I’ve seen some pretty detailed articles on post exercise recovery that go into a vast amount of information on how much protein, carbs, BCAAs, Creatine and Glutamine you’d want for the optimal recovery. Unless you are making your own supplement cocktail and are a hardcore bodybuilder, it’s information that will go to waste. Focusing on those kind of details makes it harder to just do something about it. Some would say that having a big old supplement cocktail after a workout is a big mistake anyway since it’s loaded with calories and defeats the purpose of your fat burning workout.
Ever heard of paralysis by analysis?
It happens in the corporate world and in the bodybuilding world all the time. If your life is fitness, fine, you can get extremely detailed. But if it’s just about building some muscle and being healthy, then the above tips will help you perform at an optimal level without getting so granular that all you do is live, eat and breath fitness.
If your primary goal is to lose fat while preserving muscle tissue, consuming protein immediately after exercise will minimize the loss of muscle without interfering too much with the normal rise in fat metabolism. Your post-exercise drink would not be loaded with carbs and calories. Just enough to preserve muscle. Lower carbs would be appropriate in this situation to replace glycogen but not so much as to be a huge calorie drink that sets you back to square one.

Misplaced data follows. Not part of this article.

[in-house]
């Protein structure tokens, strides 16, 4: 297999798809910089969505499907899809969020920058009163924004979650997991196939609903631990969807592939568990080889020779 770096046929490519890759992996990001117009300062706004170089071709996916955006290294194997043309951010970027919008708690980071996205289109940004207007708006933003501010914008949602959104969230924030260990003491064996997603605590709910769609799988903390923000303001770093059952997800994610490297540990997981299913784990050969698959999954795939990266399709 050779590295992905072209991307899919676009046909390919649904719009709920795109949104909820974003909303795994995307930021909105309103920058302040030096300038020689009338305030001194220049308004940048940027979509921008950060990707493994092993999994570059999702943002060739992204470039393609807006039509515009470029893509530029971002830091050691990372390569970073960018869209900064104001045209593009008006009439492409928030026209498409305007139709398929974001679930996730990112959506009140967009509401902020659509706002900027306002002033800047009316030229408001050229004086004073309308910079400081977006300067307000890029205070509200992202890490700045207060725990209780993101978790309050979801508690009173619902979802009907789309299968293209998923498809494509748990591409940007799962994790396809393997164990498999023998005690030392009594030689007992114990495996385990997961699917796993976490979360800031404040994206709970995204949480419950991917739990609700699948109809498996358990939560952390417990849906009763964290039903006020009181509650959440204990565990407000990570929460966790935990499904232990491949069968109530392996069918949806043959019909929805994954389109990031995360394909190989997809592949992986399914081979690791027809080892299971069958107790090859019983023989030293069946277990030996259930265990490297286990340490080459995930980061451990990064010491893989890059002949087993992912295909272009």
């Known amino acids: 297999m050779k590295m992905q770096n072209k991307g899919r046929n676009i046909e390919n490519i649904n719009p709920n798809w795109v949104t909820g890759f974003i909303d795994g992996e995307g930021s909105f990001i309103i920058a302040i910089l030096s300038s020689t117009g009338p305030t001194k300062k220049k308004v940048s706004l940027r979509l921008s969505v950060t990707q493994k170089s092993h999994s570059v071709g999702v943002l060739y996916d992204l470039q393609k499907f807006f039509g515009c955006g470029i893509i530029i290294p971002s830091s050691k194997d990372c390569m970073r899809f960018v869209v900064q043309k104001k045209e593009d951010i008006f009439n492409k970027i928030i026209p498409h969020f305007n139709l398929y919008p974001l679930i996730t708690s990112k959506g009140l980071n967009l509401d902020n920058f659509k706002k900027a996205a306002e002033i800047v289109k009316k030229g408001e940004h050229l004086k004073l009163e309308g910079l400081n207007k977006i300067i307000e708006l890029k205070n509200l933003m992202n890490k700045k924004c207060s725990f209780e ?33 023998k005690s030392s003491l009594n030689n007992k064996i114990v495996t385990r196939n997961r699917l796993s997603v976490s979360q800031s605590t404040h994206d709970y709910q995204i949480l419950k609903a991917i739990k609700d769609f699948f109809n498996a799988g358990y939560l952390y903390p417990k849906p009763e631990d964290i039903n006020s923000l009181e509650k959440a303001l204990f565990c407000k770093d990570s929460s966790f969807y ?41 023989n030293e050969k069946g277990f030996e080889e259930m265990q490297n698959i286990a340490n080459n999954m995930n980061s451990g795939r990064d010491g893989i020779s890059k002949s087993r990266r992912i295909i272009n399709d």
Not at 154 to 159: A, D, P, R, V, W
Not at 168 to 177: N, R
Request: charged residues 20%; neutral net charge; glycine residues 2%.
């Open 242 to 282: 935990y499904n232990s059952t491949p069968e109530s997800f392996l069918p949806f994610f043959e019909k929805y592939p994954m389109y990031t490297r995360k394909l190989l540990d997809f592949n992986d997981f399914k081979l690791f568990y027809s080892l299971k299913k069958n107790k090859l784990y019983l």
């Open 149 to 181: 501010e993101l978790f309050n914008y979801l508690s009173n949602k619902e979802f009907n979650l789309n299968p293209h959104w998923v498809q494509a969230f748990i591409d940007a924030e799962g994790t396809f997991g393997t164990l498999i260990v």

If your primary goal is to build muscle, then a combination of carbohydrate, protein, and maybe Creatine mixed with water (or milk for additional calories) consumed immediately after exercise can replenish glycogen stores and speed up muscle growth.
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1. Tarnopolsky, M.A., Bosman, M., MacDonald, J.R., Vandeputte, D., Martin, J., & Roy, B.D. (1997). Postexercise protein-carbohydrate and carbohydrate supplements increase muscle glycogen in men and women. Journal of Applied Physiology, 83, 1877-1883
2. van Loon, L.J., Saris, W.H., Kruijshoop, M., & Wagenmakers, A.J. (2000). Maximizing postexercise muscle glycogen synthesis: carbohydrate supplementation and the application of amino acid or protein hydrolysate mixtures. American Journal of Clinical Nutrition, 72, 106-111